Vitiligo made accept things that I should not have, but I did.
My mission at first was finding out who I am. I was lost and did not know my worth. I started talking live about it long before I actually showed everyone, also about the things that have been done to me. I have never felt so scared and nervous. First of all, I did not know that people were watching me. So when I revealed myself the internet went crazy.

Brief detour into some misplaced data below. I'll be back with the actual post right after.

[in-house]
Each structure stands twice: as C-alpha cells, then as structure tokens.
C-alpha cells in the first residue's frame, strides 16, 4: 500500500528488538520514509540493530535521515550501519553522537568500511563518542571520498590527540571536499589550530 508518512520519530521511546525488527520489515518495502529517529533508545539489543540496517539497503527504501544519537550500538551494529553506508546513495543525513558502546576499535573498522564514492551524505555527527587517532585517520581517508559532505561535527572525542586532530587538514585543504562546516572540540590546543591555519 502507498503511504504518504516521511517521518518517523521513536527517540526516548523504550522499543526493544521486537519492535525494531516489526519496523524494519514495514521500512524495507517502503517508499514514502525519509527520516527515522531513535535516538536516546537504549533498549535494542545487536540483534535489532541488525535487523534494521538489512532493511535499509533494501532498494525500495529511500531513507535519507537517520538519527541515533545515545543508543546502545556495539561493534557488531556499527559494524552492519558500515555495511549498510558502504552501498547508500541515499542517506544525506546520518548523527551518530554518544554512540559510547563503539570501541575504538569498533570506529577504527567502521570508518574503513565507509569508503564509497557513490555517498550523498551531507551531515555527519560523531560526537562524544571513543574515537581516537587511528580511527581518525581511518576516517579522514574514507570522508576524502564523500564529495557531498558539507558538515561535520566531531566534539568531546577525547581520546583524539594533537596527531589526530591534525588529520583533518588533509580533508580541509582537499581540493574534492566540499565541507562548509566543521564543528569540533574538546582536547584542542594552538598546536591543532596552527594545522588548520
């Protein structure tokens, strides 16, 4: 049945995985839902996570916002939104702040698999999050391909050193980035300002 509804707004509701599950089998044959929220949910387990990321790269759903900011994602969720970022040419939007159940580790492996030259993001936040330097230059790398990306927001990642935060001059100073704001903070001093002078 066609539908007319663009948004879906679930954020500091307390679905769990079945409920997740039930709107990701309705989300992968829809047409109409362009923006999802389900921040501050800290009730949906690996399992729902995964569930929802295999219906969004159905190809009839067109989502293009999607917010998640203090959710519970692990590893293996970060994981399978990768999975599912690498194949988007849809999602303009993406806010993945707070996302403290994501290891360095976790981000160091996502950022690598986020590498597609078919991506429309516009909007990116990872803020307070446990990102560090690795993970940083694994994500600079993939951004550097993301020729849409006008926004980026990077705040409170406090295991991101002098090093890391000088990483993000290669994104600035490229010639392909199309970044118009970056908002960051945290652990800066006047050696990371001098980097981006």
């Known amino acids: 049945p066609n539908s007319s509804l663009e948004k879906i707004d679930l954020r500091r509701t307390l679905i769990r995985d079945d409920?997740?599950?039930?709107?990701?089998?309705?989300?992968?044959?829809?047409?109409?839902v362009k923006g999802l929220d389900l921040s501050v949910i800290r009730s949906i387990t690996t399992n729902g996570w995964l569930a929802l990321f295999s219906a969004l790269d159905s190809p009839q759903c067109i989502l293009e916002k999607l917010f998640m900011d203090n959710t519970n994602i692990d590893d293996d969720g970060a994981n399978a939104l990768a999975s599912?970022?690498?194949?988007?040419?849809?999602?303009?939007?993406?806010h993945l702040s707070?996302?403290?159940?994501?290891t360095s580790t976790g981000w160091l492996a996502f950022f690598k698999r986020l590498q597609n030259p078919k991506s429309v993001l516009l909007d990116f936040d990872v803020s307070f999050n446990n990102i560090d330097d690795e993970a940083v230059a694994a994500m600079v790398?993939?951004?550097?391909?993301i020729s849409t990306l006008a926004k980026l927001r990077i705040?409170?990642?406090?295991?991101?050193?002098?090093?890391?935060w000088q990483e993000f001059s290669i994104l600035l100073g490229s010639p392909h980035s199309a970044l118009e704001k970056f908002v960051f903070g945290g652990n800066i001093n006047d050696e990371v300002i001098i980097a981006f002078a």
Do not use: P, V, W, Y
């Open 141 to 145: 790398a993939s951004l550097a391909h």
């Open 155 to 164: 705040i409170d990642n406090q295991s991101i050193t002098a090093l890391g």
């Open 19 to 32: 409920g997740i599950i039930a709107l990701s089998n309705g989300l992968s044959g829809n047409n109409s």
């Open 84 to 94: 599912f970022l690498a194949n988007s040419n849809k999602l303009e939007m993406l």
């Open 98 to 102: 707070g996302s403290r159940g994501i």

People started telling me how I inspired them and how their lives were changed for the better. I was so overwhelmed. I am just a girl from a small city. The feeling that it gave me to help other people set my soul on fire - I could not stop. I knew then that God made this my purpose. Also me being a part of a group called Fearfully and Wonderfully Community Group helped, located in Indianapolis, Indiana. I am vice president of the group, and president is Denise Crooms Blanks. Nothing better than being around someone that looks like you. My mission is to help others embrace the skin they are in whether it's vitiligo, lupus or whatever condition is holding them hostage. It is time to be free - you are not promised tomorrow. I knew I did not want to be that person wishing I would of opened up later on in life. My main focus was vitiligo until I started attending women empowerment groups and being apart of different health affairs - it opened my eyes even more. There still has to be a cure because everyone is not able to embrace it. I will keep my color the way it is because there is not any other emotion that I need to experience. I am finally happy now. What do I now? I do everything. Especially swimming again. The smile my children have on there face will last me a lifetime.